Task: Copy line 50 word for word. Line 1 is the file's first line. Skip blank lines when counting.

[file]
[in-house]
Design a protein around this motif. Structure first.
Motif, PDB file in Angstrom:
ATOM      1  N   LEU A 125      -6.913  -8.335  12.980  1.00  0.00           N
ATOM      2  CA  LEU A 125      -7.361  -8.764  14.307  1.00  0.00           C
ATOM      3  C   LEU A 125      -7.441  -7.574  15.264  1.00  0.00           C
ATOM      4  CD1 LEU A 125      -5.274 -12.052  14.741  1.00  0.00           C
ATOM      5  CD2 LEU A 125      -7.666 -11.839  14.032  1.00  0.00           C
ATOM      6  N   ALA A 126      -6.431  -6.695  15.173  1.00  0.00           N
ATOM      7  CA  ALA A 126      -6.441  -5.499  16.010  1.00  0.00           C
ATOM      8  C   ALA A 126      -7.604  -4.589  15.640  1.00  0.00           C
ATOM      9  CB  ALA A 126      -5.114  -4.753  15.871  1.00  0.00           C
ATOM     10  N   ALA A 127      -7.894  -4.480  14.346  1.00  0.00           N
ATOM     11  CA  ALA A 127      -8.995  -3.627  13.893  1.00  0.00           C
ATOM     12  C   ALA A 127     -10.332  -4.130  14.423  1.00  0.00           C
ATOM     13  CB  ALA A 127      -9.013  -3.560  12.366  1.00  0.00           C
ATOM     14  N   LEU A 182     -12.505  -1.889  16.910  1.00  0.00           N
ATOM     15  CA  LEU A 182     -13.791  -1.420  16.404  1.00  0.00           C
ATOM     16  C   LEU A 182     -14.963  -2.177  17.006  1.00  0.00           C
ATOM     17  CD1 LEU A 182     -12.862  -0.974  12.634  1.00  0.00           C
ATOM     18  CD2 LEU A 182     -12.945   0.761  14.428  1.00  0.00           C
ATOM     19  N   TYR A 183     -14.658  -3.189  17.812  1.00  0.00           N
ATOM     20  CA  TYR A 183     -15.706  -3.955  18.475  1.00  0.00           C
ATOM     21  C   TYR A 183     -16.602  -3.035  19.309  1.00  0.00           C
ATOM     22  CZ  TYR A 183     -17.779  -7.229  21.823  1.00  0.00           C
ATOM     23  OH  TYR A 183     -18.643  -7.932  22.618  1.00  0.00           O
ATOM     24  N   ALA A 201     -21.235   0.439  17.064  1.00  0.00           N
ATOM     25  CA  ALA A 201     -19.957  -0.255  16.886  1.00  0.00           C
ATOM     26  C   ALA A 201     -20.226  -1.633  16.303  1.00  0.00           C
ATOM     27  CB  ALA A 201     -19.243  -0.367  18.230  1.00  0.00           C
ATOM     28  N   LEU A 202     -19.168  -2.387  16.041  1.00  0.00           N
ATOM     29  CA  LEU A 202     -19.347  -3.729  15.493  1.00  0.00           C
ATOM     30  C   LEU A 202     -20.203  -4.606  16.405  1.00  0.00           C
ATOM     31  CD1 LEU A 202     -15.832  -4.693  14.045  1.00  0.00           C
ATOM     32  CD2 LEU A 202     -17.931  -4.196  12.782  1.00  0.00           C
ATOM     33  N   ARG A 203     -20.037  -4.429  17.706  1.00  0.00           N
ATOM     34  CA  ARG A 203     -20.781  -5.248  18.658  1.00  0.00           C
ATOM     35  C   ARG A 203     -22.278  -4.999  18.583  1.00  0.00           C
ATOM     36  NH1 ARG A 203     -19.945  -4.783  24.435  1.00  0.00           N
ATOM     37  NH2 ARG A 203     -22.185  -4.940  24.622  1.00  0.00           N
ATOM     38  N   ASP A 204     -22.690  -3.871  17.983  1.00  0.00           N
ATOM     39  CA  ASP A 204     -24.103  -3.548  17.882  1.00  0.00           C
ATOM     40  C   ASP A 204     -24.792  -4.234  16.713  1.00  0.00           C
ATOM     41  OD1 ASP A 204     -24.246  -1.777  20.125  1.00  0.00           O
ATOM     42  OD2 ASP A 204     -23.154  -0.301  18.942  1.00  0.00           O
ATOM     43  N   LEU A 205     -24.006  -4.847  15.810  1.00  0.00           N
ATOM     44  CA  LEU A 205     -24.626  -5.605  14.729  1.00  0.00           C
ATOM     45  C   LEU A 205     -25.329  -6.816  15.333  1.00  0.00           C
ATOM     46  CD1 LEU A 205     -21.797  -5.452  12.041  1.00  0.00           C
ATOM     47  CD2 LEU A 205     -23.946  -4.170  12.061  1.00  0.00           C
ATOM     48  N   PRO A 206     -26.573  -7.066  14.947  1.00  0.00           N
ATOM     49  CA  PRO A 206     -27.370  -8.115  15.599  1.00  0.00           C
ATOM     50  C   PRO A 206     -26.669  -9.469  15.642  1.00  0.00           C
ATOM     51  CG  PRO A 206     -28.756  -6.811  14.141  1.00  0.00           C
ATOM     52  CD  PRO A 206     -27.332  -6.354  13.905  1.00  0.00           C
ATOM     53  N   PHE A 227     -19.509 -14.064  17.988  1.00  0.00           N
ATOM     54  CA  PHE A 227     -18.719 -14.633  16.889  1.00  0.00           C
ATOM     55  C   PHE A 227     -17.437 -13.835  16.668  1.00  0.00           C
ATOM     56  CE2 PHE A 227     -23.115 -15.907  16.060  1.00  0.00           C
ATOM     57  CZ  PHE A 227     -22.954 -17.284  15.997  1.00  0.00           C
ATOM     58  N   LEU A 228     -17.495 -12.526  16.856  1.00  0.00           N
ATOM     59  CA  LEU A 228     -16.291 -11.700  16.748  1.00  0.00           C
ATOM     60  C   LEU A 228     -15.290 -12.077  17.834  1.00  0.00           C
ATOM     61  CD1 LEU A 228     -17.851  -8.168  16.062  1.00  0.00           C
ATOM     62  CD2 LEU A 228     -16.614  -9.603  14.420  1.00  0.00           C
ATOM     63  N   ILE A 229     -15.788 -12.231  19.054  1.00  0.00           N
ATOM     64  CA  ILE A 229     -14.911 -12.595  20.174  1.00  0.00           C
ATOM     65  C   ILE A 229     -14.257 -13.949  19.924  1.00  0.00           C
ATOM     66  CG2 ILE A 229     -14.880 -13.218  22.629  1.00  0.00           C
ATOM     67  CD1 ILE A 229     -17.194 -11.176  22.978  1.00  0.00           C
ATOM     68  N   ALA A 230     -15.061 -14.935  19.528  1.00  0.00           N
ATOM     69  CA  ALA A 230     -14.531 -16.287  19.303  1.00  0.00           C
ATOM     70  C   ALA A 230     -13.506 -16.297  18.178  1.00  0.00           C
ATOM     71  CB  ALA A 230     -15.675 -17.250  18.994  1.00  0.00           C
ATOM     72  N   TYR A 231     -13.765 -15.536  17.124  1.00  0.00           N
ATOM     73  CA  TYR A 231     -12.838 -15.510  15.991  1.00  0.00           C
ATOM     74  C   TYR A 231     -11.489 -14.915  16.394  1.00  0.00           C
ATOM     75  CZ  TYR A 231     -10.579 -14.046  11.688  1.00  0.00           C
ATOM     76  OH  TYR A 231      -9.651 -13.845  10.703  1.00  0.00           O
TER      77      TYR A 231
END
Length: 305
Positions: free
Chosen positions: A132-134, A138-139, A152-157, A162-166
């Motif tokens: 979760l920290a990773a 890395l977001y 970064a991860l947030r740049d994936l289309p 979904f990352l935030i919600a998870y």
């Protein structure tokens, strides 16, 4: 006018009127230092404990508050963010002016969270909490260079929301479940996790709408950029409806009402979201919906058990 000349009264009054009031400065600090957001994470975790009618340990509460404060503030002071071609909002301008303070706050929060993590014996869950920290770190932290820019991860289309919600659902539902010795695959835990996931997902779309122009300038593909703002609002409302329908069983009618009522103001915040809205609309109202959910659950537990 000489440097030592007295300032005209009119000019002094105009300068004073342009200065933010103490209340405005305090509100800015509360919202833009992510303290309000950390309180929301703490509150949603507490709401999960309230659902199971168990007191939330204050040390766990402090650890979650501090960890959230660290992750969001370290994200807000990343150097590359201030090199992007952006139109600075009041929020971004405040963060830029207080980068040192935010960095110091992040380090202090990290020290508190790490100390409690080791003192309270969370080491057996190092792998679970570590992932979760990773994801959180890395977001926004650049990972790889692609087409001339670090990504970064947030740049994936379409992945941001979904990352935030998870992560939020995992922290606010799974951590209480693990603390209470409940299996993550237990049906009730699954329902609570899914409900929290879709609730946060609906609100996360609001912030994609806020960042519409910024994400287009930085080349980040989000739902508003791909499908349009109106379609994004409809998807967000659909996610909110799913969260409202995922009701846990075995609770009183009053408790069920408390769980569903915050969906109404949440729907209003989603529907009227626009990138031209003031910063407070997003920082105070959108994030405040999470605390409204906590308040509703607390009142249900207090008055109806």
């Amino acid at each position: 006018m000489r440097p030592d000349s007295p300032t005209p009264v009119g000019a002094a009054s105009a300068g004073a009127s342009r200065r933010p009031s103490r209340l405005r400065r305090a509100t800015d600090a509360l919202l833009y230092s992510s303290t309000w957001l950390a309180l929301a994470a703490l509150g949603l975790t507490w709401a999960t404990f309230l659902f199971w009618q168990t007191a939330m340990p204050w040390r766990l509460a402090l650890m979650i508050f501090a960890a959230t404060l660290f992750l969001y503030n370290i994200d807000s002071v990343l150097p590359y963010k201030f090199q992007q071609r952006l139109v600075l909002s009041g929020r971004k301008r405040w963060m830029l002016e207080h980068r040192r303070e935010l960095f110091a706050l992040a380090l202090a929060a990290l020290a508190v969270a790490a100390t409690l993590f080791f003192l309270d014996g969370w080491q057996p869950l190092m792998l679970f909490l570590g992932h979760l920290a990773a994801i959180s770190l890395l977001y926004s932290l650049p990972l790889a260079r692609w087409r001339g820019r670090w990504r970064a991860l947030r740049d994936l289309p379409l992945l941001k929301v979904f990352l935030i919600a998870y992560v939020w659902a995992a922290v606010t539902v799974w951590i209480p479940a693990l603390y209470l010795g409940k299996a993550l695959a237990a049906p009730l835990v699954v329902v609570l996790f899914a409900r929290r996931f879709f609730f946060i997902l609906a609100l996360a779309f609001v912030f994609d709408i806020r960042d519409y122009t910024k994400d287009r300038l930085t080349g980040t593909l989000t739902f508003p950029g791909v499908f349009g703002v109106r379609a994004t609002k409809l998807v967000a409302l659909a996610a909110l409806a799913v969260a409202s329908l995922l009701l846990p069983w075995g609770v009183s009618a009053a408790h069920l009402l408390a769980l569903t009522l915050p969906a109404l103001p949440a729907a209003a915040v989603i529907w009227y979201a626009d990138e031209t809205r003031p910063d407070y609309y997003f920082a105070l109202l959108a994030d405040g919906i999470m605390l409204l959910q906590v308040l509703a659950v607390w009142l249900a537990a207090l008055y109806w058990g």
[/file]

ATOM     47  CD2 LEU A 205     -23.946  -4.170  12.061  1.00  0.00           C